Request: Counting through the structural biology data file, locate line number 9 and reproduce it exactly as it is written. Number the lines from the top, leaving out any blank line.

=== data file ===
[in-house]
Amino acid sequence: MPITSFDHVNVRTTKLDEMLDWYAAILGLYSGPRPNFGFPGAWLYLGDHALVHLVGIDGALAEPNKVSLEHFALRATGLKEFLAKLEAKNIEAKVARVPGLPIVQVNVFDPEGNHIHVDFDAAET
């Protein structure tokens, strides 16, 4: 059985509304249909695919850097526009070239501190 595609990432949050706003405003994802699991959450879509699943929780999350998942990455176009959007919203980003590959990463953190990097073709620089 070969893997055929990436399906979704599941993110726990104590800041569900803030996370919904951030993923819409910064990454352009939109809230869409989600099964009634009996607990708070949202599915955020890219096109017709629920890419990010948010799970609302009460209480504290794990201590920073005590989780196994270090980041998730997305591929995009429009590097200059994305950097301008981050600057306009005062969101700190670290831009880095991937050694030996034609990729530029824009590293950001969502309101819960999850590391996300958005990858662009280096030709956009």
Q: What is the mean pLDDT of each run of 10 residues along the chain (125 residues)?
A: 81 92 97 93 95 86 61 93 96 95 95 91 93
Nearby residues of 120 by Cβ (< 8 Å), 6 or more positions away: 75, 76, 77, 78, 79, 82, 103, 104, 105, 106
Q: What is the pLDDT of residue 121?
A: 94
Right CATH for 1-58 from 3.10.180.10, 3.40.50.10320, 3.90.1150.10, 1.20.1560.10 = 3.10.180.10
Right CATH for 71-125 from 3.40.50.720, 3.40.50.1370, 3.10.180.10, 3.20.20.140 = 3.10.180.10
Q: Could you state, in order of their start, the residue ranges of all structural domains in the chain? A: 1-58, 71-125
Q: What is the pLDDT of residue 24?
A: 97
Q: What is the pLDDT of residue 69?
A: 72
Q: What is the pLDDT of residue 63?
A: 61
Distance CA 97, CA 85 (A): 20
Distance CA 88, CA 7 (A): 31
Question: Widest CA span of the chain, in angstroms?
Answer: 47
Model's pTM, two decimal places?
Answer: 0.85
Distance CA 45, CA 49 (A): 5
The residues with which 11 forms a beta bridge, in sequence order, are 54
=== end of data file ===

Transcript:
Right CATH for 1-58 from 3.10.180.10, 3.40.50.10320, 3.90.1150.10, 1.20.1560.10 = 3.10.180.10